Tom Hortons Restaurants- it doesnt get more Canadian than that, although Tim Hortons is now also available in the USA. If a Canadian client calls us – Tim Hortons is usually the franchise they think they want to buy. When I ask people why Tim Hortons, I have yet to hear a good reason other than “Theres always a line up” Well guess what , you don’t get paid for line ups. Today why Tim Hortons may not be as great of a franchise as many people think.
Taken from the Tim Hortons 2017 US FDD it will cost you $680,900 to $1,822,400 for a Standard Shop. Most shops cost around 1 million. Royalty 4.5% if you lease the building from Tim Hortons and 6% if not. Advertising fee will be 4%. Taken from their website you will need a minimum 1 million dollars net worth and $300,000 cash to be considered by the group.
We get a lot of investor groups and business people who have several other businesses calling and asking about Tim Hortons. The first thing I ask is do you intend on working your other businesses full time? If yes, you can’t buy a Tom Hortons because they will only accept owners who who are willing to commit to them full time. They also look for prior management experience, solid business acumen and you will need a partner. I was once told a joke that is because Tim Hortons will run a single human being into the ground.
Tom Hortons was founded in 1964 by Canadian hockey player Tim Horton and partner and for many years Tim Hortons expanded to become one of the most Iconic Canadian brands. But as we always try and illustrate to people, every brand has a lifecycle, and unfortunately by the time these brands expand so big everyone wants one, the party is generally over.
Bet you didn’t know that Burger King purchased Tim Hortons for $11.4 billion dollars in 2014 and they became a subsidiary of the Oakville based Restaurant Brands International. RBI is majority owned by a company from Brazil called 3G capital.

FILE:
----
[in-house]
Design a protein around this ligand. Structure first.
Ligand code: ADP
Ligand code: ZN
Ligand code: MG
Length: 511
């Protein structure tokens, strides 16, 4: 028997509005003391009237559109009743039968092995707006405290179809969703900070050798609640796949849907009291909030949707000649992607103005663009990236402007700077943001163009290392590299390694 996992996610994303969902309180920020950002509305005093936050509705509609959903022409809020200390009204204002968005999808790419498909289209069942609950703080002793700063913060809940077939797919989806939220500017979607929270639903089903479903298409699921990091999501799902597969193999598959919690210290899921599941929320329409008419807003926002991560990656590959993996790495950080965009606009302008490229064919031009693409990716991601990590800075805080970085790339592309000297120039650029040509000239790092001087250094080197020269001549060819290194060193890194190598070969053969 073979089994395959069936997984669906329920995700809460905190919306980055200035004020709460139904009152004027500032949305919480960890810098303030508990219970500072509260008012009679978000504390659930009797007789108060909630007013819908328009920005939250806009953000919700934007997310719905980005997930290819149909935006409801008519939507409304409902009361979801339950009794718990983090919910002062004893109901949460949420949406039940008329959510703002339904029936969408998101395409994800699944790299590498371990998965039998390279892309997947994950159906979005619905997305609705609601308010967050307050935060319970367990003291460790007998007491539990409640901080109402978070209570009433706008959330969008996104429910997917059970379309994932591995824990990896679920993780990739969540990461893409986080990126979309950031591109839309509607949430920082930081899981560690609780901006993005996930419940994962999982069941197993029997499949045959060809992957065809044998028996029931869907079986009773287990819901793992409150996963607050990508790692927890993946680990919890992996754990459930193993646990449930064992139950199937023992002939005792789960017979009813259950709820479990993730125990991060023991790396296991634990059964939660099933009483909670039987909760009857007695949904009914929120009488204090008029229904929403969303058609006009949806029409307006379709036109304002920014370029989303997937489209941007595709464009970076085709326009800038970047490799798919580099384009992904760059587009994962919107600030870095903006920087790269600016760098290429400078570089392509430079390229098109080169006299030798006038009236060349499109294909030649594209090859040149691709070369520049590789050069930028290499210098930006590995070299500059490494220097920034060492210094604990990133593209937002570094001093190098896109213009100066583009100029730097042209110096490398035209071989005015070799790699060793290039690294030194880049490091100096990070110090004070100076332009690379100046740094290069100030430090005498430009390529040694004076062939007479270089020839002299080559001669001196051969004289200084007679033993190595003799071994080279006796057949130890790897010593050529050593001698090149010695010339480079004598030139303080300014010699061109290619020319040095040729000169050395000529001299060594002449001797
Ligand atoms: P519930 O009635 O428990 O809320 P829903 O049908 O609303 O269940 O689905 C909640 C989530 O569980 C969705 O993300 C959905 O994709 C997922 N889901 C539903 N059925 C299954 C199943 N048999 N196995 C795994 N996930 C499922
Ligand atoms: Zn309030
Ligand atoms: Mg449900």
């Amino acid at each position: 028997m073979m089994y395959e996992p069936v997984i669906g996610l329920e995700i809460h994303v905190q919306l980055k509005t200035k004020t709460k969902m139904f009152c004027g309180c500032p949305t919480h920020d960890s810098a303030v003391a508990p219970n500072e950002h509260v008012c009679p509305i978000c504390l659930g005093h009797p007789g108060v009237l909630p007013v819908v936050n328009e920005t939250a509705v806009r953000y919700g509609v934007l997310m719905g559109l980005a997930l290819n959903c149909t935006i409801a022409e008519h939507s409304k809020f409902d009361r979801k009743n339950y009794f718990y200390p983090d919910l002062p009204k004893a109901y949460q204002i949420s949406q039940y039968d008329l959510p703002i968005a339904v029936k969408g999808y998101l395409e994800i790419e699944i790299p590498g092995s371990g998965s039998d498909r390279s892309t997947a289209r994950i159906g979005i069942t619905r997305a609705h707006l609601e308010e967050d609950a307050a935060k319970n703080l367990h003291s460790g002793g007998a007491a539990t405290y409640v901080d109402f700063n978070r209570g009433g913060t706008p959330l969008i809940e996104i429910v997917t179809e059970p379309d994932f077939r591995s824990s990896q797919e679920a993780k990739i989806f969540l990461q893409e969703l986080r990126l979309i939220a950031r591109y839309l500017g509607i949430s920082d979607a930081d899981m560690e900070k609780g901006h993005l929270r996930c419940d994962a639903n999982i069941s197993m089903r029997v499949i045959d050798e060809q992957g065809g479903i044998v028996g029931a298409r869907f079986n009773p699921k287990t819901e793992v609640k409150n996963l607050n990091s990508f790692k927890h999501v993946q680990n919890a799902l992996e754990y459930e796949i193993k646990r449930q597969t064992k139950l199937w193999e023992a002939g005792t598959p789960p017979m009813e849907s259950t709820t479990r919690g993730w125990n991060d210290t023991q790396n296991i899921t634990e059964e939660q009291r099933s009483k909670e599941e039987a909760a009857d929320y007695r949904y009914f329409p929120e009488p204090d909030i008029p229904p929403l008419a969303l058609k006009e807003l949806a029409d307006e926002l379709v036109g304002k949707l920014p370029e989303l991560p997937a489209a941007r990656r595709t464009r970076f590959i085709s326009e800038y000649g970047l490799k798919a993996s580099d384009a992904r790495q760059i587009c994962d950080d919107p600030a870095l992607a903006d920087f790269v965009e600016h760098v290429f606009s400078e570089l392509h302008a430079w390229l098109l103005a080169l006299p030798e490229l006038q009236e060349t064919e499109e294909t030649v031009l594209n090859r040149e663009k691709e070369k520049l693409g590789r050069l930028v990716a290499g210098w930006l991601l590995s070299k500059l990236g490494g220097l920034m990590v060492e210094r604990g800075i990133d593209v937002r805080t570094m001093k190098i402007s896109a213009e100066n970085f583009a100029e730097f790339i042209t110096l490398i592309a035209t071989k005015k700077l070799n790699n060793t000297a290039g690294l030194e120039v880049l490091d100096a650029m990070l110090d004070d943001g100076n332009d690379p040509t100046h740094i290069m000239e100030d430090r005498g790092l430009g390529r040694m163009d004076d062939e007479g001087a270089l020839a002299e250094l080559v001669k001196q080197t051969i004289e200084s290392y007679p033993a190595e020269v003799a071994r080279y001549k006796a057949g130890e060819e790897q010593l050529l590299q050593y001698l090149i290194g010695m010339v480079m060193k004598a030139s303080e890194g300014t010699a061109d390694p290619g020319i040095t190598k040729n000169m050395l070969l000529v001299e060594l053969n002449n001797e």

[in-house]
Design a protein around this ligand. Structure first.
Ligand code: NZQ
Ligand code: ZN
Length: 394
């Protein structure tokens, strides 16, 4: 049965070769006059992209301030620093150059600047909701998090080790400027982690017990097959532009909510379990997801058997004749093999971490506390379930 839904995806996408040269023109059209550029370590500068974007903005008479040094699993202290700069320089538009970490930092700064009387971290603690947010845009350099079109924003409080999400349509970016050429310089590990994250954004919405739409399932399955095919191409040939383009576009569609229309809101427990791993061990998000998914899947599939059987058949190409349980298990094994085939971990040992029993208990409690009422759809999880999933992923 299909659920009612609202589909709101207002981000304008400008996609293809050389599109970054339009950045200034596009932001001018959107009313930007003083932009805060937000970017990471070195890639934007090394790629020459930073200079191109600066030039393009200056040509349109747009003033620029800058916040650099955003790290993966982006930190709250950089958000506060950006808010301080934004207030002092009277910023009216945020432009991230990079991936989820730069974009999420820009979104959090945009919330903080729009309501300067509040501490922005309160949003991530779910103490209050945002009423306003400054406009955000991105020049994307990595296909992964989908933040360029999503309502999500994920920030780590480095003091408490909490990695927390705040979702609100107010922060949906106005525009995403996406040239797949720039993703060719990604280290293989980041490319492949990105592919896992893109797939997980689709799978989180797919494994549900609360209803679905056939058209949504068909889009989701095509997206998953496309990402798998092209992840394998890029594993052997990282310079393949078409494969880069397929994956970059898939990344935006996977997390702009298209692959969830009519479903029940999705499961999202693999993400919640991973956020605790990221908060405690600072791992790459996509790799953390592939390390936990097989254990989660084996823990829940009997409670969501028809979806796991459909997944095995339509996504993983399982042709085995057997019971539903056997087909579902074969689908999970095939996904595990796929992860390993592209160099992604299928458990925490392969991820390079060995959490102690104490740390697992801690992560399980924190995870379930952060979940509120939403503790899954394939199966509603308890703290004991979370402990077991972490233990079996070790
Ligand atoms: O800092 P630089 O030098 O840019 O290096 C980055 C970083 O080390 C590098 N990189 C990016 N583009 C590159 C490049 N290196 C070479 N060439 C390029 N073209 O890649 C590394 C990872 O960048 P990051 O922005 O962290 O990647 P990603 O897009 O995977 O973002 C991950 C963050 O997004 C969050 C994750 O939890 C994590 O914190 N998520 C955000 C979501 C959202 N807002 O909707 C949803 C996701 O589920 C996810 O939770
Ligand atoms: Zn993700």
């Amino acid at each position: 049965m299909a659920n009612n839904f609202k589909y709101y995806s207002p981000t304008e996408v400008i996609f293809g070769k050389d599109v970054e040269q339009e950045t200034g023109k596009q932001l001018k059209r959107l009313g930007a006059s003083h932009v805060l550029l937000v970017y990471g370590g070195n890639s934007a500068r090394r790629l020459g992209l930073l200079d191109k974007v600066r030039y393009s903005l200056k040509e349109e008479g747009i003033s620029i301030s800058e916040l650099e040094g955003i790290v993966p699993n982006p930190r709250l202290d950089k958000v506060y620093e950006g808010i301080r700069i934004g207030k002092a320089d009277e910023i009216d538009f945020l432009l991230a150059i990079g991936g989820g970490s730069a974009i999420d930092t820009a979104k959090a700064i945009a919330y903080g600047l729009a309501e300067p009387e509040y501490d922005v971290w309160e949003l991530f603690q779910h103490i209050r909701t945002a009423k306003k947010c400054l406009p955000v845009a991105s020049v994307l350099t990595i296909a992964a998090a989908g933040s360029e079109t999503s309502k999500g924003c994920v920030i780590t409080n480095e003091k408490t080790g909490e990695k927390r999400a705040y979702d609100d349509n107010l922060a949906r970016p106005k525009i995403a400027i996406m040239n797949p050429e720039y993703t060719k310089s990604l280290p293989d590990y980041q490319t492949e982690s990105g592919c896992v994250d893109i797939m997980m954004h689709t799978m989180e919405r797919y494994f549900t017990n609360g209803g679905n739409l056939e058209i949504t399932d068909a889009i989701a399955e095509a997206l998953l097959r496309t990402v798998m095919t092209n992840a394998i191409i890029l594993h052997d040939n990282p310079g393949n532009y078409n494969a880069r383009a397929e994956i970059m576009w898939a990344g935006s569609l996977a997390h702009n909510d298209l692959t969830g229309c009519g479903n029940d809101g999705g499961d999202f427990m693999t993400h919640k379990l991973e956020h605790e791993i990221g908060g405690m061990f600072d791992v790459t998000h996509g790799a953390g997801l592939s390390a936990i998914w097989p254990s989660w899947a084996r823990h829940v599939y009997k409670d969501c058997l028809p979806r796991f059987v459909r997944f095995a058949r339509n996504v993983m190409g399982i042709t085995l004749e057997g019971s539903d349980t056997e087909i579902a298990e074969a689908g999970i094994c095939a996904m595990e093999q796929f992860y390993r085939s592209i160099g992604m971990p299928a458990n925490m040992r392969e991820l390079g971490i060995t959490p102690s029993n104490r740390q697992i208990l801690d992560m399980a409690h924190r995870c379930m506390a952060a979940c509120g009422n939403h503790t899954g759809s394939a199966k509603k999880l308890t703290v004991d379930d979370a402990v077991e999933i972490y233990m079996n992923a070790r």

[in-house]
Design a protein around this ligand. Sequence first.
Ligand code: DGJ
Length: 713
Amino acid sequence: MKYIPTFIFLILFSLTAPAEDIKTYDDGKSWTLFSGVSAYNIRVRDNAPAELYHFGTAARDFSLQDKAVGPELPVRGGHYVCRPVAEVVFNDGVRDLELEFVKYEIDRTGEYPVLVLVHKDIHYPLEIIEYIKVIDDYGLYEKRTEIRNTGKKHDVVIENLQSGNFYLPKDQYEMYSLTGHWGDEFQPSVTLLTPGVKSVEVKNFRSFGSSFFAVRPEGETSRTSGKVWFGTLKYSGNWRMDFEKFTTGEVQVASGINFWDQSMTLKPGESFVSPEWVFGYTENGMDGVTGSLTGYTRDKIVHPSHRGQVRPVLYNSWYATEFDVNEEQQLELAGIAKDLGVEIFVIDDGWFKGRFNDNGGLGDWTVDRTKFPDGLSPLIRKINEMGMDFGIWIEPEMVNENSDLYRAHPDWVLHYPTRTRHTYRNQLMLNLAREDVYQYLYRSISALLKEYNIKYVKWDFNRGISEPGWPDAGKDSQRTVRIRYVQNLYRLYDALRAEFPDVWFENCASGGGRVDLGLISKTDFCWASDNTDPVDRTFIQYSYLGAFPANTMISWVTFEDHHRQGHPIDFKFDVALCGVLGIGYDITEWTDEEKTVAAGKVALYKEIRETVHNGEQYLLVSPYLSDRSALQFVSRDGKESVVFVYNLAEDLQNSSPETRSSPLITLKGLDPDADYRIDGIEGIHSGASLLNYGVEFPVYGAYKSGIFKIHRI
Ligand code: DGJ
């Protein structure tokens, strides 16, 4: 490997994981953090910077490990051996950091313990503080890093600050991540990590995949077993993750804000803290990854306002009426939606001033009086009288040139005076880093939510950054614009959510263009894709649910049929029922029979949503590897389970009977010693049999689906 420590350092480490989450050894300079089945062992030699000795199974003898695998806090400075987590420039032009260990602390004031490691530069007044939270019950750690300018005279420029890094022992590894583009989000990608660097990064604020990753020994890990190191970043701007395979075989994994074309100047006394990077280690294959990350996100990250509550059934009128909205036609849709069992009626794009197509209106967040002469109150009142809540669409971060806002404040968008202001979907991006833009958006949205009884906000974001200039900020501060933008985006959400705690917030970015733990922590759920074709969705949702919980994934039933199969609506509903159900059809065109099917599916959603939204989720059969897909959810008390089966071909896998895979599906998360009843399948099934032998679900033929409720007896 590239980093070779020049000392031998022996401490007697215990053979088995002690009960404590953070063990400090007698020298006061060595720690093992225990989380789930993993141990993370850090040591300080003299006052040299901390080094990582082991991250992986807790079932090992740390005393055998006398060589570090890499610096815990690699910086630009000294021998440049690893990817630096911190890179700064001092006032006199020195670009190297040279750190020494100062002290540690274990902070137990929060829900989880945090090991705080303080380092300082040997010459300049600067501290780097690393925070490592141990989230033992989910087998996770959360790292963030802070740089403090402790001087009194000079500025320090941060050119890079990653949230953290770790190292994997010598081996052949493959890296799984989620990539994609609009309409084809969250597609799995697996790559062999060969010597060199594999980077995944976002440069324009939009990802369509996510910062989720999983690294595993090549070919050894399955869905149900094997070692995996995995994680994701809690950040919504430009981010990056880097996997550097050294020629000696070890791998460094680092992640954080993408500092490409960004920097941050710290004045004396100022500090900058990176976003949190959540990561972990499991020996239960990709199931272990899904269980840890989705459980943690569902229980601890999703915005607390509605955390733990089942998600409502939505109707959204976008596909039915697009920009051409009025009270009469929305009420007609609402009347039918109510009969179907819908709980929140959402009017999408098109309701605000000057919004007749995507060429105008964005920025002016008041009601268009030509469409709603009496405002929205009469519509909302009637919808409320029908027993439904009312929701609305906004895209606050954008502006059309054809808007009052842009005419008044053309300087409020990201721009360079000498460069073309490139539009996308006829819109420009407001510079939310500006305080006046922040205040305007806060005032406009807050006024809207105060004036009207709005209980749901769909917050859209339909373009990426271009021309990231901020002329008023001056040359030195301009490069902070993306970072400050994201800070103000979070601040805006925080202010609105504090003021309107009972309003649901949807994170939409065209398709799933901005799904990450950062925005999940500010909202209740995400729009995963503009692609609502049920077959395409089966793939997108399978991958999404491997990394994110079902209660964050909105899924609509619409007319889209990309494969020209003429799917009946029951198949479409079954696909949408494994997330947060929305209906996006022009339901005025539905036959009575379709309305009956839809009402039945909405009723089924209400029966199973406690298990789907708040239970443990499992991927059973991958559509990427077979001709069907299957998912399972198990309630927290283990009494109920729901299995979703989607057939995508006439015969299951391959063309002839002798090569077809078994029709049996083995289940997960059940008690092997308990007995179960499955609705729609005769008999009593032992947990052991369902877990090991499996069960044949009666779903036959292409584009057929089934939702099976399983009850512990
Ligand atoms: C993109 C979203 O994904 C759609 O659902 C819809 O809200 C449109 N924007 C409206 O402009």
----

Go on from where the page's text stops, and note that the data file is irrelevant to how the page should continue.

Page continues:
Now right when RBI took over many analysts, including us, knew this would not be pretty. Soon thereafter there was a Canadian Policy Alternatives study that suggested this company takeover is “likely to have overwhelmingly negative consequences for Canadians.” The study analysed 3G Capital’s past history of takeovers of Burger King, Heinz, and Anheuser-Busch and stated “it has a 30-year history of aggressive cost cutting, which could hurt Tim Hortons employees, small-businesspeople, Canadian taxpayers, and consumers. And we’ll cover that in a minute but before we do let’s back up a little.
Back about 10-15 years ago Tim Hortons switched from baking fresh in store, to having their goods parbaked, which is partly cooked, frozen then delivered. But Tim Hortons very slogan was “always fresh” and this is where many Die hards thought Timmies had turned to the dark side. IN 2008 there was a class action lawsuit over this switch to parbaking for “breach of contract, breach of duty of fair dealing, negligent misrepresentation, and unjust enrichment” and the lawsuit cited that franchisee’s costs to produce a doughnut literally tripled from 6 cents to 18 cents per donut, required new equipment and other expensive investments. That case was eventually dismissed however needless to say franchisees were not happy now making 3 times less on donuts than they had prior to parbaking and having to buy the goods from corporate. Remember you can’t step in the same river twice? That river of three times profit passed over a decade ago.
Since that time Tim Hortons and their franchisees have had a turbulent relationship. There is the 850 million dollar class action lawsuit where franchisees sued Tim Hortons for bullying and intimidation. The statement of claim read “Since the time of the corporate takeover of Tim Hortons, the relationship between Tim Hortons and its franchisees has become more adversarial than amicable,” on behalf of a franchisee group called the Great White North Franchisee association. Tim Hortons claims this organization is only a few negative owners, and has warned franchisees about spreading “misinformation” to analysts. The president of the GWNFA however suggests that over half of all Tim Hortons franchisees have joined the battle against corporate.